Industry observers say the recent cluster of low-rated shows granted full-season orders might have something to do with network executives watching the plunging Dow rather than their shows’ falling Nielsens.

No execs would talk on the record, but the economic crisis, combined with the cost of marketing a new series, the lack of new programming inventory because of the WGA strike and the anticipated difficulty of locking down new advertiser commitments, has networks inclined to play it safe.

“Most years there would be more cancellations than there have been to date,” said John Rash, senior vp/director of media negotiations at Campbell Mithun. “But the dual dynamics of schedule stability keeping ad dollars in place is combining with delayed programming development from last season’s writers strike.”

NBC’s “Knight Rider,” ABC’s “Private Practice” and Fox’s “Terminator: The Sarah Connor Chronicles” recently received orders for an additional nine episodes apiece. Such a move typically indicates a network’s confidence in a show’s performance and signals the inclination to keep a series on the air for the duration of the season.

Life on Mars at least has received well deserved improvements in the ratings. Last week Sam came to the assistance of his mother, learning far more about her than he probably wants to know, and also got the opportunity to meet Jim Croce and Joe Namath (Joe the Quarterback?). In upcoming episodes he gets involved in his father as well as someone who was/will become his mentor.

Bradley Whitford of The West Wing and Studio 60 on The Sunset Strip is producing and staring in a sitcom for NBC named Off Duty about a once-legendary police detective (Whitford) on his way down who complicates the life of his new partner, both on duty and off.

Lauren Graham of Gilmore Girls will be appearong on Broadway as the female lead in a new revival of Guys and Dolls.

J. Michael Straczynski, creator of Babylon 5, is working on a script for a remake of the 1956 classic Forbidden Planet.

And finally, the planet Vulcan might have been discovered.

Why “Fake America” Is Going To Elect “That One”


Barack Obama shows how he differs from the Republicans with their divisive tactics. In contrast, here is John McCain’s “role modelJoe the Plumber questioning Obama’s loyalty to the United States and support for democracy:


There are many issues being discussed this year, but these two videos really sum up the differences between sticking with the Republican mind set and McCarthyism versus voting for change.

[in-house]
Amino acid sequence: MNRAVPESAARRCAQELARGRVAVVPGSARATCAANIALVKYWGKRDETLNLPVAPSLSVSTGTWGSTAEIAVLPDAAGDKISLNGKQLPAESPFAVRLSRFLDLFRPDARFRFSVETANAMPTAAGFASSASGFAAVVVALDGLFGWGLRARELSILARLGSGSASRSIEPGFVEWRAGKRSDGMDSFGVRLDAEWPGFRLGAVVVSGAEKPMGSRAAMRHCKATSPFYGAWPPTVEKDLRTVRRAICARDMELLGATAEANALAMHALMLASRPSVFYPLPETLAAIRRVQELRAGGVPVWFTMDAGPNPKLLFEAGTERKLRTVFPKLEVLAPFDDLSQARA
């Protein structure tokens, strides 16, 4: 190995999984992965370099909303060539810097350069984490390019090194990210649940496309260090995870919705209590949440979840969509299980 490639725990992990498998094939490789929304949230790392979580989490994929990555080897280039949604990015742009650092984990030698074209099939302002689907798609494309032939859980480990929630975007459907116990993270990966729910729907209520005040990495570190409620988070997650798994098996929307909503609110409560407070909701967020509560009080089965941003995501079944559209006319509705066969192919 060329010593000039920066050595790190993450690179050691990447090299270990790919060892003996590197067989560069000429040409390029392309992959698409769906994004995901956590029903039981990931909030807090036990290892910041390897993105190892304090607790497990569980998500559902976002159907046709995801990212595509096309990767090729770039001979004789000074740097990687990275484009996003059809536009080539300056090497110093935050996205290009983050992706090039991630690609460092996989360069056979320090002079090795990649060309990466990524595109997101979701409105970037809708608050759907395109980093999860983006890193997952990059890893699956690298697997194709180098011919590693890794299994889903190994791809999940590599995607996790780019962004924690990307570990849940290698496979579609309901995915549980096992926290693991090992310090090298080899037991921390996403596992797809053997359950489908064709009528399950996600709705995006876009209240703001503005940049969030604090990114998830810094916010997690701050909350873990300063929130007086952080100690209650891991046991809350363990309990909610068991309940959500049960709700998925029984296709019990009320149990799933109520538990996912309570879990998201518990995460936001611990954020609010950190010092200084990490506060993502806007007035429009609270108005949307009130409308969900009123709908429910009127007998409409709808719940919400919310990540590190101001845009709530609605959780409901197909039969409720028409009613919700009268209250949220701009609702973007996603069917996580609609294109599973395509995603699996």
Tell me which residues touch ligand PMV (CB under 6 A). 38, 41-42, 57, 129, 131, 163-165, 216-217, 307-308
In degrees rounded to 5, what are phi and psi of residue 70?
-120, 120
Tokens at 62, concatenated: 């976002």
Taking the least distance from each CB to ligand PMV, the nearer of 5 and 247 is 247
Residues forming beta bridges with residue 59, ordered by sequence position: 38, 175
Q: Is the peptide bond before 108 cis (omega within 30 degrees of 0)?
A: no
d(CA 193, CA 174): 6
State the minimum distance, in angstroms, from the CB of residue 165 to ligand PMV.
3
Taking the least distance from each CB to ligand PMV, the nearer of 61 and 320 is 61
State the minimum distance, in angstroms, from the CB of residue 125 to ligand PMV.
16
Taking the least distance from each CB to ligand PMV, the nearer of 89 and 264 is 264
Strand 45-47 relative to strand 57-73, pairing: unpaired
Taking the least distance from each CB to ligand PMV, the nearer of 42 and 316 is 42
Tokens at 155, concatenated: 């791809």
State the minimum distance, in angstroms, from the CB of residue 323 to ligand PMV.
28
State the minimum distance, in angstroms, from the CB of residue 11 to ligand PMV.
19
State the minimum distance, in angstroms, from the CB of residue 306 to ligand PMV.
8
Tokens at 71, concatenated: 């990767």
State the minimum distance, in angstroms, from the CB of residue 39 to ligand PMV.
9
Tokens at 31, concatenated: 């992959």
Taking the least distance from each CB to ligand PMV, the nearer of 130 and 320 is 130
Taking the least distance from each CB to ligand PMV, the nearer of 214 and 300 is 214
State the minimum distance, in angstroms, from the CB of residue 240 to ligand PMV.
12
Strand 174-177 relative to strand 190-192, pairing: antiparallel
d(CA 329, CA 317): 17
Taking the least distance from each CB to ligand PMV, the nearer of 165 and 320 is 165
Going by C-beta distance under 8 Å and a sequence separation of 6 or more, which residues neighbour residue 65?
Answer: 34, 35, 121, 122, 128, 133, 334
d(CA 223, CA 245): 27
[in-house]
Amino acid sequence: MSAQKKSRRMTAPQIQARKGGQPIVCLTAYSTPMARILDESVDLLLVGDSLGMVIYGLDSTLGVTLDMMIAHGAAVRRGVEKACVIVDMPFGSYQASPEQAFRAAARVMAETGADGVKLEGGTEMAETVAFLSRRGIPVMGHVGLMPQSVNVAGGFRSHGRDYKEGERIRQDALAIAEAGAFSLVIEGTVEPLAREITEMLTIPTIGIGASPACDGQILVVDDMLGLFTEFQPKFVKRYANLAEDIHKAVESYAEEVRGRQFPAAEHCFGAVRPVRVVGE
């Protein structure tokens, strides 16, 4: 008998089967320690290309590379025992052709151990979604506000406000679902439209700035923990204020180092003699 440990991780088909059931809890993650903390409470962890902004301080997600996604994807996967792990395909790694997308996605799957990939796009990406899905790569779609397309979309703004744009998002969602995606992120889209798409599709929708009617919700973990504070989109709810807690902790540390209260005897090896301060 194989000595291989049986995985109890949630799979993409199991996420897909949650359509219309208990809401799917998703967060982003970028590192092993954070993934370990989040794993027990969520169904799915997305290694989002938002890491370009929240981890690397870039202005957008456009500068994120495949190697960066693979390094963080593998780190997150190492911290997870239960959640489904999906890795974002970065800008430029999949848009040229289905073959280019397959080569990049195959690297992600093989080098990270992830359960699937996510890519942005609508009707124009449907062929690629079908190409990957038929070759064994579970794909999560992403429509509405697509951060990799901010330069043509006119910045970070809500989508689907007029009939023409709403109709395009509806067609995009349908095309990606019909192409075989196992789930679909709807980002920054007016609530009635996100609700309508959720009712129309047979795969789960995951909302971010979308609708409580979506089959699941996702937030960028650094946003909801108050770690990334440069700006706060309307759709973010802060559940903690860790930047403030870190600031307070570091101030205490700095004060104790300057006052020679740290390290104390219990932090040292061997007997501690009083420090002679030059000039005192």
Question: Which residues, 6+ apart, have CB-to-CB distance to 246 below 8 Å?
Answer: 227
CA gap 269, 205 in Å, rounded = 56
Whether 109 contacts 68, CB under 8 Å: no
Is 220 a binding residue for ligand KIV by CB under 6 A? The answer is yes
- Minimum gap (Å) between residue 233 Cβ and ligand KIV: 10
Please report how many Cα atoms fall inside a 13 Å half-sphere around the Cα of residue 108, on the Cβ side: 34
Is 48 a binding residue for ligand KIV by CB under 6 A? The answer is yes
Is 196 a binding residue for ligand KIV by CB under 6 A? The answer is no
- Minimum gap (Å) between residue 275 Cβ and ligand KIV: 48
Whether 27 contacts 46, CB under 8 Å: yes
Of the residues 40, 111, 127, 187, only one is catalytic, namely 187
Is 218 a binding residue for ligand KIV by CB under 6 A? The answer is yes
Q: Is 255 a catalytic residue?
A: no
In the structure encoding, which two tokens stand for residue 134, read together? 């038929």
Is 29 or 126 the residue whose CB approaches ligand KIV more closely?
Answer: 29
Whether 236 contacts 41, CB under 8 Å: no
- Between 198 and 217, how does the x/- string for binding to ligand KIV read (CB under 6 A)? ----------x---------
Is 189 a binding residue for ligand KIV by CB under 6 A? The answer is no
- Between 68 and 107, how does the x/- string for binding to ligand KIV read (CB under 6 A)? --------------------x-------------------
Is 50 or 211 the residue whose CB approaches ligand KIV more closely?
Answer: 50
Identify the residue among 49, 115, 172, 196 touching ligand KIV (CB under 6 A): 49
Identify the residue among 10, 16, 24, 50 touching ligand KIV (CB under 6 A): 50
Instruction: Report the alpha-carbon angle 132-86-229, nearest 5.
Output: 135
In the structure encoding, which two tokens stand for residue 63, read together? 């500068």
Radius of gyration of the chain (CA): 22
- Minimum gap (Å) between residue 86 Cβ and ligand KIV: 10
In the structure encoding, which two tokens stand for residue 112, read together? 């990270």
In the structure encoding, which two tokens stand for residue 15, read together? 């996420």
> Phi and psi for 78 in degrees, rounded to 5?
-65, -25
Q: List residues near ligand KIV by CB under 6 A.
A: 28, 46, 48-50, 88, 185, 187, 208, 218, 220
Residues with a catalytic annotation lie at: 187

Stevens Unlikely To Reman in Senate Even if Wins Reelection

The composition of the next Senate depends partially upon what happens in Alaska. Roll Call reports that even should Ted Stevens be reelected he will not be allowed to keep his seat as a convicted felon:

Senate Majority Leader Harry Reid (D-Nev.) was forced into the middle of Sen. Ted Stevens’ (R-Alaska) re-election bid late Saturday night after a senior Senate Democrat endorsed Stevens and called on voters to disregard his seven-count felony conviction.

In a bluntly worded release from his office, Reid warned that Stevens would not only face an ethics investigation but also expulsion proceedings regardless of his efforts to appeal the convictions.

Reid’s decision to jump into the Alaska Senate race with both feet marks the first time a leading national Democrat has explicitly warned that Stevens’ ouster from the Senate would be sought. GOP leaders including Senate Minority Leader Mitch McConnell (Ky.) have already called for him to step down or face expulsion.

Whether Stevens wins still matters. If he loses, then obviously the Democrats pick up a seat. If he wins there is still a shot for another Republican to wind up with the seat.

Current law calls for a special election to replace Stevens if he were to be reelected and later resign or be expelled. This would give another Republican a shot at the seat. There is also some question as to whether Alaska’s current law is Constitutional, leaving open the possibility that the seat will be decided by Sarah Palin (or the current Lieutenant Governor should the nightmare scenario occur and Palin leave Alaska to become vice president.)

Liberal Values Backs Iniatives For Embryonic Stem Cell Research, Medical Marijuana, and Sunday Beer & Wine Sales

Unless the polls are way off or things change dramatically in the final day of the campaign, we pretty much know how Tuesday will turn out. Obama should win, either by just over 270 electoral votes if McCain manages to win in the states which remain close, or by a landslide if Obama picks up many of the contested states which now lean towards him. The Democrats will get close to sixty seats in the Senate, but watching if they achieve sixty will provide some drama. The Democrats will also pick up several House seats as well as victories in many state races. Questions remain with regards to the ballot initiatives, with some being of importance.

Here in Michigan there are two key iniatives on the ballot, both of which I support. One is to allow research in embryonic stem cells. I have not seen polling on this, but not unexpectedly a glance at signs being displayed shows heavy support in Ann Arbor and opposition here in conservative West Michigan.

The other initiative will allow for medical use of marijuana. There are many other states as well as local governments with similar initiatives, with StopTheDrugWar.org providing a summary. The election of Obama over McCain will also have a major effect on reducing the drug war. Currently the DEA has been raiding users of medical marijuana even in states where it is legal (in a situation which shows how conservatives only back Federalism when it helps promote their beliefs). Obama supports an end to such actions while McCain supports continuing them. Obama has also supported reform of sentences for drug offenders, and appears much more open to other reforms to end the drug war.